By Andreas W. Matthes
Located in the southern part of the state of Quintana Roo, Mexico there is a large freshwater lagoon named Bacalar. Stretching some 40 miles from North to South, it is the largest body of freshwater in the region. While cave explorers have been busy exploring the caves in the northern and central part of Q.Roo only a few have ventured down to Bacalar, which sits near the coast just before Belize and the river that divides Belize from Mexico.
After three months of planning and two day's loading and packing of two compressors, oxygen and helium k-bottles, generator and plenty of tanks and equipment we finally got the convoy going and down to Bacalar, some 300 kilometers away from Playa del Carmen.
The expedition was scheduled to take place from March 18th to April 2nd 2001. The participants of this expedition were the project director's Jim Rozzi and Andreas W. Matthes, press corps Curt (our on site paramedic as well) and Linda Bowen, safety officer Benja Sacristan, camp manager Marike Jasper, logistic expert Scott Carnahan, surface support Vegie Matt, local knowledge source Roberto Hashimoto and cave explorer Dan Lins.
The base camp was set-up on a lagoon side property owned by Roberto. Besides the luxury of a roof and walls we had a beautiful view over the lake with its breathtaking sunrise and fresh breeze during the night. This was a bonus luxury since we we all had prepared to camp in the jungle. Besides the space for our hammocks we had plenty of space for the two compressors, trucks, trailers and the works.
In the large palapa hut (palm thatched roof hut) we assembled each morning for our breakfast and morning meeting. During each day up to three separate teams were out exploring various areas in the neighborhood and while doing so all information was recorded on detailed dive report sheets which allow a later re-evaluation and study of the area explored.
A nice local woman was hired to serve up delicious meals that helped keep our us full of energy and spirits. During the evenings we celebrated the ritual of night meetings, listening to reports from the individual teams that had explored in different areas during the day. Upon these daily discoveries and evening team meetings the next day's team assignments where laid out and required logistics taken care off.
The first day after arrival and setting up camp a small plane was leased in Chetumal, the state capital, for an aerial survey and to collect aerial photographs, video, slides and GPS coordinates of interesting targets for further exploration in this area. During the flight over the lagoon we discovered and located four large, circular blue holes and four little creeks that seemed to feed the lagoon and were deemed worthy exploration targets. The area along the border with Belize is formed of mountains and valley in contrast to the flat table like limestone flats of the central and northern Yucatan peninsula. Along one of these valleys, hugging a mountain ridge, we discovered a chain of 12 large cenotes.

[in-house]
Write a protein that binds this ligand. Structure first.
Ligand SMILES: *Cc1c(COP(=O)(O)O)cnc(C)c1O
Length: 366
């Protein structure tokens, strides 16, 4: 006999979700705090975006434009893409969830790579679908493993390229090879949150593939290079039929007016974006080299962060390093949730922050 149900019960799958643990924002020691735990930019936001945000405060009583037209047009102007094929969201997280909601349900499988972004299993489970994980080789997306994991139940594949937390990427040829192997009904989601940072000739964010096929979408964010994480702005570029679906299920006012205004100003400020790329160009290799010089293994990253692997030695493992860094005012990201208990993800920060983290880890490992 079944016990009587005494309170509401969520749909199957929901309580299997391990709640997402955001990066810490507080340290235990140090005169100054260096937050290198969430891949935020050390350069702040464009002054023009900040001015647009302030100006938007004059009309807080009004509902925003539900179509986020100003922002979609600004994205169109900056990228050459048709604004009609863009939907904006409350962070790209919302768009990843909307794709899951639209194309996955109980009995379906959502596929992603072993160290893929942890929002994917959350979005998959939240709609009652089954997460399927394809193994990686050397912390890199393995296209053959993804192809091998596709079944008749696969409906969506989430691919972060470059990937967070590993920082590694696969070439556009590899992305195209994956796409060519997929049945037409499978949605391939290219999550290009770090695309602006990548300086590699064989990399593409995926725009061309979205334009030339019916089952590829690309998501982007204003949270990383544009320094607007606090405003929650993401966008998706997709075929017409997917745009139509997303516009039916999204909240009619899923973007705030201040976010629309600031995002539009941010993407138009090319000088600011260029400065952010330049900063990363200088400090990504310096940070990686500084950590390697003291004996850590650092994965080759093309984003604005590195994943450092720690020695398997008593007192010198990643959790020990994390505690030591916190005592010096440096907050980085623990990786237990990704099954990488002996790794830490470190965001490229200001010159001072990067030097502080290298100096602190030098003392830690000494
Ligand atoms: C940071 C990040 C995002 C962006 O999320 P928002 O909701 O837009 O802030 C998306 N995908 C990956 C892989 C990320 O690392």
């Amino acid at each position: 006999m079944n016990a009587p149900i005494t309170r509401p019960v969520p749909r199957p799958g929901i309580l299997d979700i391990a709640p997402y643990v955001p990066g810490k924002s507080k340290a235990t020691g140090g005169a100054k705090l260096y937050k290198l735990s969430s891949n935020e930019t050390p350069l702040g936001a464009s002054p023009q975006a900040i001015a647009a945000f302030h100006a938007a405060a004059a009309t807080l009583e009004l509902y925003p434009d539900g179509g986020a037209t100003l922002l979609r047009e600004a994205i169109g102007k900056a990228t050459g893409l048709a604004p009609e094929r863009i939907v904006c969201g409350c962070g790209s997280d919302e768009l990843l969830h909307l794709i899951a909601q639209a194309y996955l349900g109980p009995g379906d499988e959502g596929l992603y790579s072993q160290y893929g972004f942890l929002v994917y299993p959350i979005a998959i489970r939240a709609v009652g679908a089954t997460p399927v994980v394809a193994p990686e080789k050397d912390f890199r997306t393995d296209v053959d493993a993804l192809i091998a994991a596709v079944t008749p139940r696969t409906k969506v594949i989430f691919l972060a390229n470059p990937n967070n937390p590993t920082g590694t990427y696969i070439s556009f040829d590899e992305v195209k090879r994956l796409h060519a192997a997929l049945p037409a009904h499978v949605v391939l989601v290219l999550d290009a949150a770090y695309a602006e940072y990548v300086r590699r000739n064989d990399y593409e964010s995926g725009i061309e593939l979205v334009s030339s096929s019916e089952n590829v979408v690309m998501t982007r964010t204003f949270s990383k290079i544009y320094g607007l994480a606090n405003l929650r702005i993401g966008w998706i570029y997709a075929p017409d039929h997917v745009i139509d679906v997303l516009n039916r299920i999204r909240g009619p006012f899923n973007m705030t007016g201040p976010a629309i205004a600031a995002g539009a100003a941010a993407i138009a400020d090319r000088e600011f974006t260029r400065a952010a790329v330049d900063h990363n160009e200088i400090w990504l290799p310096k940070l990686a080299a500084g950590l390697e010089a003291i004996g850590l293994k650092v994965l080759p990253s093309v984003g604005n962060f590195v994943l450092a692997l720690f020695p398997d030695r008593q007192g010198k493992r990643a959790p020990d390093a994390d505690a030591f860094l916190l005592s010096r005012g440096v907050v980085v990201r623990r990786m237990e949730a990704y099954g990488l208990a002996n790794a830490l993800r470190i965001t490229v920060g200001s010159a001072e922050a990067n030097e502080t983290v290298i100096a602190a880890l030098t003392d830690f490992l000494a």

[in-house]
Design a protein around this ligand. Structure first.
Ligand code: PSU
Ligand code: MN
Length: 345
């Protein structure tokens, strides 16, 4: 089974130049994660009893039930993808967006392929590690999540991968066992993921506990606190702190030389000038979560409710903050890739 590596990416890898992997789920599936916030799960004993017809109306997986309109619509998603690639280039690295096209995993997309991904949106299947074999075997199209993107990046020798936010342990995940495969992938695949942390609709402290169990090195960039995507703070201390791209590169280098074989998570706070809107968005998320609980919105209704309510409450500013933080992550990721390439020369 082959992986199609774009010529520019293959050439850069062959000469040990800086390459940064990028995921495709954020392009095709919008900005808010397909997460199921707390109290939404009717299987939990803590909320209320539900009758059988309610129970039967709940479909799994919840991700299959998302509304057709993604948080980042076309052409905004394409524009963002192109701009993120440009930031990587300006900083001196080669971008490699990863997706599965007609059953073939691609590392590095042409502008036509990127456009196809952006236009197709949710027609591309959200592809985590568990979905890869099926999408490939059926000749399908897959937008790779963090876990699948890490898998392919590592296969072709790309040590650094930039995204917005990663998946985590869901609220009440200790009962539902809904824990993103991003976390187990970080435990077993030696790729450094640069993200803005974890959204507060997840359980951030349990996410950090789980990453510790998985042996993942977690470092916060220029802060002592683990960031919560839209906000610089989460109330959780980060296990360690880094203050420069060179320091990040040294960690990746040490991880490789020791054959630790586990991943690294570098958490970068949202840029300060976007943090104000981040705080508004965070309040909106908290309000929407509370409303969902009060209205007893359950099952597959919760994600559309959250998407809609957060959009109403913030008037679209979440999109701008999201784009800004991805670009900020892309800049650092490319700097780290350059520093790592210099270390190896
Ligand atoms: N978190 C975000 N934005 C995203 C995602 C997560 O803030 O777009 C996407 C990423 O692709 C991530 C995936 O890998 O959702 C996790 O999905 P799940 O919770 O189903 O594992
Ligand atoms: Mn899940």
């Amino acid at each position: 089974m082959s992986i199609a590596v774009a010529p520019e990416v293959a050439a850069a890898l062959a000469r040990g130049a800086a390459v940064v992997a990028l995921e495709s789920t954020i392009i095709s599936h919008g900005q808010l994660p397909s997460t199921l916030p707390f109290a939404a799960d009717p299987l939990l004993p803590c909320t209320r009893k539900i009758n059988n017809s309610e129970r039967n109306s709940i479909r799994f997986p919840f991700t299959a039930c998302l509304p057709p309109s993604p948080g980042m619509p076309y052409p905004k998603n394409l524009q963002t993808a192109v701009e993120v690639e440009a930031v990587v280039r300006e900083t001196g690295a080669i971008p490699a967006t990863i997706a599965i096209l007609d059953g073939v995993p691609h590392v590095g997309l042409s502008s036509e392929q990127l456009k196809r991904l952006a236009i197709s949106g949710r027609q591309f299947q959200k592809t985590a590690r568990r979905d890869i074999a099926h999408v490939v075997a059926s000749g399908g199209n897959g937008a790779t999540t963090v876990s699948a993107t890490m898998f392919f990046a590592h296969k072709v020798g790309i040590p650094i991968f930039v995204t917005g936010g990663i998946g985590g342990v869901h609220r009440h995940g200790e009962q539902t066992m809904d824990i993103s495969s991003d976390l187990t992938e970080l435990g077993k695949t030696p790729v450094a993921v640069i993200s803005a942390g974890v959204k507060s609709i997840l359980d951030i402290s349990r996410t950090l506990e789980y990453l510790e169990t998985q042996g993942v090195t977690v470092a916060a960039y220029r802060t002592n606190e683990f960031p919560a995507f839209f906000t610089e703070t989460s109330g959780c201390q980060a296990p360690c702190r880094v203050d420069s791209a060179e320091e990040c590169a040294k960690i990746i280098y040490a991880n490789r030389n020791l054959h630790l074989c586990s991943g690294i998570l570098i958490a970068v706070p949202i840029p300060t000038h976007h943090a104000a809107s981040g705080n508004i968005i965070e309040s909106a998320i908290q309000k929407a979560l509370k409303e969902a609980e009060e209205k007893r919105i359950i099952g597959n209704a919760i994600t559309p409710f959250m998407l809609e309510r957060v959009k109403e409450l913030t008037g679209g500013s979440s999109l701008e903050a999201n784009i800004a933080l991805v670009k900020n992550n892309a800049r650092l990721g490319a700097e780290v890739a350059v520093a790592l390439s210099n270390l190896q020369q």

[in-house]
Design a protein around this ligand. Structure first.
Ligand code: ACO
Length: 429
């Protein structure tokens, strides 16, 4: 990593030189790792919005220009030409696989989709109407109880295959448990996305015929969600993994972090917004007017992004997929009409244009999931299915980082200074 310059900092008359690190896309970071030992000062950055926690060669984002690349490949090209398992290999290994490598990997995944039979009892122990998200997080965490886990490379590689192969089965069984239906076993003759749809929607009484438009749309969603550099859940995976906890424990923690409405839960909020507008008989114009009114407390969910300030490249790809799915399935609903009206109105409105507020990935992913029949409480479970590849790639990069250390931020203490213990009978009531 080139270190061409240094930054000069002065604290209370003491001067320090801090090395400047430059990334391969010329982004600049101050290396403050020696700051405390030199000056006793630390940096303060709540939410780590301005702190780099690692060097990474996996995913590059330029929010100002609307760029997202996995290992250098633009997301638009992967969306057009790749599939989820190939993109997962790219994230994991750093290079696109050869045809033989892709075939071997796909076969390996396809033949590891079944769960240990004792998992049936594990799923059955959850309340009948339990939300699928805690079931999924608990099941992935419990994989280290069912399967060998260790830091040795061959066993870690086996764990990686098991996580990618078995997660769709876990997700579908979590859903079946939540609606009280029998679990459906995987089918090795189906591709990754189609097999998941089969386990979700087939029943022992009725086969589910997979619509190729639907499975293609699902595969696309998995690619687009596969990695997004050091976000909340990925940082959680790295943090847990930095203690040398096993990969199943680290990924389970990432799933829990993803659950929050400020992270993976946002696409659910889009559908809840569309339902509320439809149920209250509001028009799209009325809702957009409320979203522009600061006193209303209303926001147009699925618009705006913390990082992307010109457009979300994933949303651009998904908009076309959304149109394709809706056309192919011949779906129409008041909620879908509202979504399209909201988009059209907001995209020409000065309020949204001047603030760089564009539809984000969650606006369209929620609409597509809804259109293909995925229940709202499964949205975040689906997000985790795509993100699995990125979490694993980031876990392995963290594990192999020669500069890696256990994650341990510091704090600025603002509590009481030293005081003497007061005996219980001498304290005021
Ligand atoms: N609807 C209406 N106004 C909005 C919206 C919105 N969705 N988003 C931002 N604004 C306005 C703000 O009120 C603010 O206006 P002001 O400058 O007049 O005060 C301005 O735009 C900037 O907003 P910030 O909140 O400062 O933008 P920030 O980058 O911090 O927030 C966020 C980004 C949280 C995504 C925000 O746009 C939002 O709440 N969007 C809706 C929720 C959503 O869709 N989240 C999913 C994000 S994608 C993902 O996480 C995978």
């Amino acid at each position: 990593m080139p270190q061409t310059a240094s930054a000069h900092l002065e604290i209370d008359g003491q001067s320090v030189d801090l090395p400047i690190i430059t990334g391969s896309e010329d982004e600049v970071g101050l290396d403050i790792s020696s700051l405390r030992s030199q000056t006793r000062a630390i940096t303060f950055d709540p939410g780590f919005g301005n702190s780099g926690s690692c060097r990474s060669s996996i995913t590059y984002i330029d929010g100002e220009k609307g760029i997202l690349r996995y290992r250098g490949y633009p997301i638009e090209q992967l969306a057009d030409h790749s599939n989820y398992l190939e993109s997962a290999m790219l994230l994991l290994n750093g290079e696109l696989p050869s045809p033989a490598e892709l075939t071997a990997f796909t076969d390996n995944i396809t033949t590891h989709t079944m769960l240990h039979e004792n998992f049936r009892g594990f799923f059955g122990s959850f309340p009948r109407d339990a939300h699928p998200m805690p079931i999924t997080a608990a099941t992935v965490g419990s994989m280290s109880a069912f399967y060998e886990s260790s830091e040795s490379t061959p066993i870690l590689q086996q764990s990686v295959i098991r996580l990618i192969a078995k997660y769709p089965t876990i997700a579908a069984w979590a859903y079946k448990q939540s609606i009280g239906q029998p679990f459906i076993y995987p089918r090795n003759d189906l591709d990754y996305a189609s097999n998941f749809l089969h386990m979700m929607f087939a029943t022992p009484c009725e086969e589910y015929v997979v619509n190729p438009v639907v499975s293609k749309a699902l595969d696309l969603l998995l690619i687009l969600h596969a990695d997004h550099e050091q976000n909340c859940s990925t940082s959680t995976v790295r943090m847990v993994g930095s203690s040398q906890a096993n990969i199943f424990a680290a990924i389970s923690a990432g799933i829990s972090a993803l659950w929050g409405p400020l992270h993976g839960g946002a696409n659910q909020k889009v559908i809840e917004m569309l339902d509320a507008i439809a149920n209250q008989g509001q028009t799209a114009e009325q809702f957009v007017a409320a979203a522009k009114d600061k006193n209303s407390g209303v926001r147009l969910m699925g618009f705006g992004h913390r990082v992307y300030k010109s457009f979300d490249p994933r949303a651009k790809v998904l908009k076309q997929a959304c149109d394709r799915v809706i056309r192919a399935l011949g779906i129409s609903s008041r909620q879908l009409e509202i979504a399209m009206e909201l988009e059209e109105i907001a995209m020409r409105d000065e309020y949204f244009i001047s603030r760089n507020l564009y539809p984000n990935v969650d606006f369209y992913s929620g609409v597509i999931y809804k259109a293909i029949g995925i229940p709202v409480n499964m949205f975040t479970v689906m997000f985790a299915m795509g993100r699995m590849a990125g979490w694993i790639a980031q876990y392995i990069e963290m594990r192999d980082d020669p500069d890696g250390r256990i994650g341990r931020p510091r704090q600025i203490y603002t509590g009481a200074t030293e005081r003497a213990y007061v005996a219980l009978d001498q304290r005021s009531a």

An 18 foot aluminum boat with a small outboard engine allowed us to cruise the lagoon, and locate and dive the target areas with GPS coordinates taken during the survey flight. Three of the blue holes were inside the lagoon, a fourth one is separated from the lagoon by a small land bridge.
All of the blue holes turned out to be old and filled in sinkholes with old flow stone on the walls in some and depth ranging from 245 feet in Cenote Azul to 110 feet in blue hole II, 160 feet in blue hole III and 175 feet in Myrna's blue hole. Various trips to the promising feeder provided nothing but dead ends as they turned out to be dead end creeks with no flow at all. In some places sand boils were encountered which would become familiar sights in the days to come.
One of the other areas of interest was the coast along the southern peninsula that separates the bay of Chetumal from the Caribbean Sea around the villages of Majahual and Xcalak. During the first scouting trip some 8 possible cenotes where encountered and placed on the list to explored. Most of them however were in a swampy area and filled with tannic acid. During a later exploration trip a fair sized crocodile halted all further exploration in the swampy area. During the first scouting trip only one cave opening showed any flow: a vent in the reef some 150 feet offshore that was explored first while using a power snorkel and then the following day by a full dive team which discovered some 200 feet of cave passage. A local dive operator and cave diver in the village of Xcalak told us about various cenotes in the area, all of them without horizontal cave passage but one with a traverse of a mile long connecting the inner lagoon to the outer bay of Chetumal.